ago, in 2003, at historic Footlighters Theater in Berwyn, a young
woman named Janet met a young man named Hugh when they were cast as dance
partners in a community theater production. A year and a half later
they were back at Footlighters, this time cast as Jan and Roger in
"Grease." A first date followed, and then another. Fast
forward to the present and they are a married couple with a story of their own,
including three children, work with special needs children, and countless hours
on, off and behind the stage. Now they are once again on the
Footlighters' stage for director Sarah Sperling's riveting production of "RABBIT
HOLE." This time, however, cast as Becca and Howie Corbett, they
bring a poignant history to their roles, one that will leave their
audiences completely pulled into the "drama-dy" playing out in the
Rolling seamlessly along between hilarity and grief, David Lindsay-Abaire's Pulitzer prize winning show opens a window into the soul of a family coping with a profound loss, each in their own way. One sees their home as a comfort, another as a prison. Becca's sister and mother add to the mix of emotions, providing plenty of typical family angst over both the big and the small conversations of life, as they all try to "get on" in their own way. The Bergen Record described "Rabbit Hole" as "a thoroughly absorbing, profoundly affecting and painfully touching examination of grief." For Janet and Hugh Abbott, however, this "tear your heart out loss" is not just acting. It's a very personal chance for them to portray in a respectful and realistic way the roller coaster of emotions that follow the loss of a child, something they experienced firsthand through the infant death of their firstborn, Sophie. Much like Becca and Howie Corbett, they had to find their own way back into the light of day. While the Abbotts’ situation was understandably their own with unique circumstances and coping methods, their study and empathy of the grief process in Becca and Howie’s family allows them to bring their own deep felt understanding and insightfulness to their characterizations in this production.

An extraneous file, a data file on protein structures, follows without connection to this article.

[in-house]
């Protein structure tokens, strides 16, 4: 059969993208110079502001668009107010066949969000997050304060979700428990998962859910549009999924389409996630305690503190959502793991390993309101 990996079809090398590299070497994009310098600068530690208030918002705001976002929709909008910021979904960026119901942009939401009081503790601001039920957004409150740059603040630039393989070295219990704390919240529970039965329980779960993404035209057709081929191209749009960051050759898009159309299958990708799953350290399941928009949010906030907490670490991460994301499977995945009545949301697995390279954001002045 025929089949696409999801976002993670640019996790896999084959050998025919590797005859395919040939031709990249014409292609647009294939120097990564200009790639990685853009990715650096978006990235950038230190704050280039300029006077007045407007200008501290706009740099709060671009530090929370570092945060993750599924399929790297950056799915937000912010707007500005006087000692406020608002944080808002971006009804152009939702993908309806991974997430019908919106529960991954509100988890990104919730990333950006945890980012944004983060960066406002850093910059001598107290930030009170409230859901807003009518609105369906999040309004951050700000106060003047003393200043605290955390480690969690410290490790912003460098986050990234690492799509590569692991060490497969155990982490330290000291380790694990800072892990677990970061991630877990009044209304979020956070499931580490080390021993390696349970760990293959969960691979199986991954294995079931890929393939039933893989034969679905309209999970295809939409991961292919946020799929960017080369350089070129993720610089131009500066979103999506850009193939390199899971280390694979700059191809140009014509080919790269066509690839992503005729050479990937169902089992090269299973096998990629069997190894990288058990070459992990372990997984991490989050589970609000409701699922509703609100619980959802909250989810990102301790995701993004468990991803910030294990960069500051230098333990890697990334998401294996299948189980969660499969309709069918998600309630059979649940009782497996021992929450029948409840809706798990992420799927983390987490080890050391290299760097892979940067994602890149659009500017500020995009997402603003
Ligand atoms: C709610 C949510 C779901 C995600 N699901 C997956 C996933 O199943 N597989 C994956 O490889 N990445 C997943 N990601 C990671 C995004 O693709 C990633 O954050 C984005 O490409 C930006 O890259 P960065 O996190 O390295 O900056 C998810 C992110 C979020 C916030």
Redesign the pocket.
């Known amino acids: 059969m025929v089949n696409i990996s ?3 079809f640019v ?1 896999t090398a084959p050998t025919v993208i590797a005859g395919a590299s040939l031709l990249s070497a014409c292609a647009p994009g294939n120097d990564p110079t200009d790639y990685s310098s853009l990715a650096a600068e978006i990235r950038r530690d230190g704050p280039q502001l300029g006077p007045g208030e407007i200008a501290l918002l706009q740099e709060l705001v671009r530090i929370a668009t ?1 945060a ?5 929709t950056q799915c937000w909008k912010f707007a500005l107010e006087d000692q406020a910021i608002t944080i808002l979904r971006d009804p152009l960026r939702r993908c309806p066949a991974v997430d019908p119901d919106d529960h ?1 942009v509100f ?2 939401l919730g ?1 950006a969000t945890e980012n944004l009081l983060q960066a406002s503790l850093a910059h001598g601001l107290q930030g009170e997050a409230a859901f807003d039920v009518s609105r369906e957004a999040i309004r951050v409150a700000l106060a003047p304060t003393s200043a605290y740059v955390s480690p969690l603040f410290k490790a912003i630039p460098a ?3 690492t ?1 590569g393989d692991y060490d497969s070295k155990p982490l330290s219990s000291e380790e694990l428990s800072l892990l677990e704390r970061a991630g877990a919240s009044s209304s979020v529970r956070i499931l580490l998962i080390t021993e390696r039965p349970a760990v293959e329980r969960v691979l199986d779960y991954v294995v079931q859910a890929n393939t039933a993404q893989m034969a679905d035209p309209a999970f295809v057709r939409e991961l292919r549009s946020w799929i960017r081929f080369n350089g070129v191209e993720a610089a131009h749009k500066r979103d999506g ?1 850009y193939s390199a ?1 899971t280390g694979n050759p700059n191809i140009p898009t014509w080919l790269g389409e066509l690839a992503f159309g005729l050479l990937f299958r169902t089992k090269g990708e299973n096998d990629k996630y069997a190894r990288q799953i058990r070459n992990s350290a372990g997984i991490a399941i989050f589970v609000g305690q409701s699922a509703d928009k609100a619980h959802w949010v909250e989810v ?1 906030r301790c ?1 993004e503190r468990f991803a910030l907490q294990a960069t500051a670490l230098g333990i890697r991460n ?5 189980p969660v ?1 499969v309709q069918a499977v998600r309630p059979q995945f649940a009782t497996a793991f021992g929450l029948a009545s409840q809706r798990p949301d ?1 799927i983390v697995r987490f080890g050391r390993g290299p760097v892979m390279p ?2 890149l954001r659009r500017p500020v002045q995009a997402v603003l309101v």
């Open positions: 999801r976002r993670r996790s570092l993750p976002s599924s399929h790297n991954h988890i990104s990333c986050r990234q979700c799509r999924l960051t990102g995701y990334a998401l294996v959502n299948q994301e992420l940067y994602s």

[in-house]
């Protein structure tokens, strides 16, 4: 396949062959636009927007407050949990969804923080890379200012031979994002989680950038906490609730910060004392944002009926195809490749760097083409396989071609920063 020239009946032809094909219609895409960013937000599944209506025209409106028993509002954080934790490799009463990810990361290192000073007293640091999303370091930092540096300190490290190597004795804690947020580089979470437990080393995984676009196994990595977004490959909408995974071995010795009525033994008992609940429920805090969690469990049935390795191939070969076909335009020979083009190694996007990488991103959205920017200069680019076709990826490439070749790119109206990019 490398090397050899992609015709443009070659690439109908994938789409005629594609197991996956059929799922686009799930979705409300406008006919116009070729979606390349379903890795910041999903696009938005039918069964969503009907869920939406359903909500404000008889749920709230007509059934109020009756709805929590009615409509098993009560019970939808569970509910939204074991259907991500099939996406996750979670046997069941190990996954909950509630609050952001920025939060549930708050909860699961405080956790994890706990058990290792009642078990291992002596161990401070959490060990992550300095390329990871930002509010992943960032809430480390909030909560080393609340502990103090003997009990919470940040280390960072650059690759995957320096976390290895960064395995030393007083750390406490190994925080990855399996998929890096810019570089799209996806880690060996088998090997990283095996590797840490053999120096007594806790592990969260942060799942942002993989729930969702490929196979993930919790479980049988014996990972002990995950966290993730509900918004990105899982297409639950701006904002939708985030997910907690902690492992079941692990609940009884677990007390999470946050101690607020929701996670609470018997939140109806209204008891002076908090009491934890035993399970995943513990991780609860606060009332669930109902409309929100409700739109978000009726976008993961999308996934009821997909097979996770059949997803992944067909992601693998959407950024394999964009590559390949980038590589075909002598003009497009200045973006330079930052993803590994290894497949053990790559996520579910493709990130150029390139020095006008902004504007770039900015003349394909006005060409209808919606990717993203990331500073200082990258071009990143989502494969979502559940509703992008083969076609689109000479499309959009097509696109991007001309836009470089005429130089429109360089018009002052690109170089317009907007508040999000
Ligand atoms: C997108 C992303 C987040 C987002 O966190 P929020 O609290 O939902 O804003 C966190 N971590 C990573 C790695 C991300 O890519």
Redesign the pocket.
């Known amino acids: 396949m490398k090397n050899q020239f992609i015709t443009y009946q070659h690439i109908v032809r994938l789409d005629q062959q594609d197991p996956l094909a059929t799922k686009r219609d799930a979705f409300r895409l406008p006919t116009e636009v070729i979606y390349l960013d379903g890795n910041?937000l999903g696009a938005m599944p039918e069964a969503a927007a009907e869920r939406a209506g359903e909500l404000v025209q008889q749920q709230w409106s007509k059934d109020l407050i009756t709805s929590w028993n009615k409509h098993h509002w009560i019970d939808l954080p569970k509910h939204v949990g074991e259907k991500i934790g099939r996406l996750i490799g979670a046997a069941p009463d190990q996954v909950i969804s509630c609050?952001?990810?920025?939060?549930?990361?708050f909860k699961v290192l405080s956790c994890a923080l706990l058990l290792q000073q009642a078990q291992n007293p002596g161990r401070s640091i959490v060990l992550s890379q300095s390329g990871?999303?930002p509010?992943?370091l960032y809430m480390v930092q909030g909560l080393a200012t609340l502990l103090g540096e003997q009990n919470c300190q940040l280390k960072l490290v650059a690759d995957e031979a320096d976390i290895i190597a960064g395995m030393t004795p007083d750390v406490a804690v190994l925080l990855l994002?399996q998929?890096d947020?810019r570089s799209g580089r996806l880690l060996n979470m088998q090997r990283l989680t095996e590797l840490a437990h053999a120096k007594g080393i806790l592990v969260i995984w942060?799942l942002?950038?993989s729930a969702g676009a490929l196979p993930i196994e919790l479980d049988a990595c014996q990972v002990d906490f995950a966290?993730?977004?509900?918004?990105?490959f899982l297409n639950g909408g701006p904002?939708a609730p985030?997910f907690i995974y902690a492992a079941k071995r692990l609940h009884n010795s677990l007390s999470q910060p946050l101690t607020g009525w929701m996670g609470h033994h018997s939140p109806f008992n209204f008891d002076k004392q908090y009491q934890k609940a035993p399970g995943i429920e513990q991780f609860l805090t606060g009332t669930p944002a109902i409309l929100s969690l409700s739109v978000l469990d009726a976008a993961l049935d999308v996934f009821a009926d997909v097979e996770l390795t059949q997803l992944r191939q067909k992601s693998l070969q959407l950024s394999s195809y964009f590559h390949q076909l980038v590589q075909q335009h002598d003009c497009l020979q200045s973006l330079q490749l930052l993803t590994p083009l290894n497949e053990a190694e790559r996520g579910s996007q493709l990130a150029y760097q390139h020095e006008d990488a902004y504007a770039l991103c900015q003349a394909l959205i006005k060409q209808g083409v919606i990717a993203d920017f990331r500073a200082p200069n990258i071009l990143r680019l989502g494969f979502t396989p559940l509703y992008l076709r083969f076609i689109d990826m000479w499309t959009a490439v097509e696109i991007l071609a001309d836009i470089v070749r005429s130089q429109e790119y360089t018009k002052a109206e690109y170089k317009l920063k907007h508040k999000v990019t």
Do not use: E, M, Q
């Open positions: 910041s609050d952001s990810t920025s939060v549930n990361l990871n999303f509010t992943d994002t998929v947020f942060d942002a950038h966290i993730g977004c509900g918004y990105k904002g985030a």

"Rabbit Hole" will not leave one audience member unaffected. Both laughter and sniffles are heard often throughout the two-act play, an indication of this show's strong connection to real life. It's this grip on one's heart that brings audiences back to see "Rabbit Hole" again and again. The show opens Footlighter's 85th Anniversary season on August 30th and runs for three weekends. Tickets and special event details are available at the box office and online at www.footlighterstheater.com (discounts available for matinees and groups).